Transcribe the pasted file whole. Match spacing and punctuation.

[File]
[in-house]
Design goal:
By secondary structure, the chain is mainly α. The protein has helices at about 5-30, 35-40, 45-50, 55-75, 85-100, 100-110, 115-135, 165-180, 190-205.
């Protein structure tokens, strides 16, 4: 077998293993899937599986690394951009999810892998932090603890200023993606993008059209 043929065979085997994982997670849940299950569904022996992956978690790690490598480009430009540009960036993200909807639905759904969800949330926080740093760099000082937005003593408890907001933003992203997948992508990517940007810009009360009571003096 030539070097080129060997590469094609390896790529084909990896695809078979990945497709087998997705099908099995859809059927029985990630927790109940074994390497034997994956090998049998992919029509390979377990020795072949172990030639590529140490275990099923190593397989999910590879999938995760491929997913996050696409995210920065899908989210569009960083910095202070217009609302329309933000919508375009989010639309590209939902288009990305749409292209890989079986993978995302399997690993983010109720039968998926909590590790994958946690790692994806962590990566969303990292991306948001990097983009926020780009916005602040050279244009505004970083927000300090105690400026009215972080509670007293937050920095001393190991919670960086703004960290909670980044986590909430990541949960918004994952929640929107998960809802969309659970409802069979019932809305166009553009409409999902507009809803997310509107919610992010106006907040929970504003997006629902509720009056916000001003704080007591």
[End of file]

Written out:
[in-house]
Design goal:
By secondary structure, the chain is mainly α. The protein has helices at about 5-30, 35-40, 45-50, 55-75, 85-100, 100-110, 115-135, 165-180, 190-205.
């Protein structure tokens, strides 16, 4: 077998293993899937599986690394951009999810892998932090603890200023993606993008059209 043929065979085997994982997670849940299950569904022996992956978690790690490598480009430009540009960036993200909807639905759904969800949330926080740093760099000082937005003593408890907001933003992203997948992508990517940007810009009360009571003096 030539070097080129060997590469094609390896790529084909990896695809078979990945497709087998997705099908099995859809059927029985990630927790109940074994390497034997994956090998049998992919029509390979377990020795072949172990030639590529140490275990099923190593397989999910590879999938995760491929997913996050696409995210920065899908989210569009960083910095202070217009609302329309933000919508375009989010639309590209939902288009990305749409292209890989079986993978995302399997690993983010109720039968998926909590590790994958946690790692994806962590990566969303990292991306948001990097983009926020780009916005602040050279244009505004970083927000300090105690400026009215972080509670007293937050920095001393190991919670960086703004960290909670980044986590909430990541949960918004994952929640929107998960809802969309659970409802069979019932809305166009553009409409999902507009809803997310509107919610992010106006907040929970504003997006629902509720009056916000001003704080007591």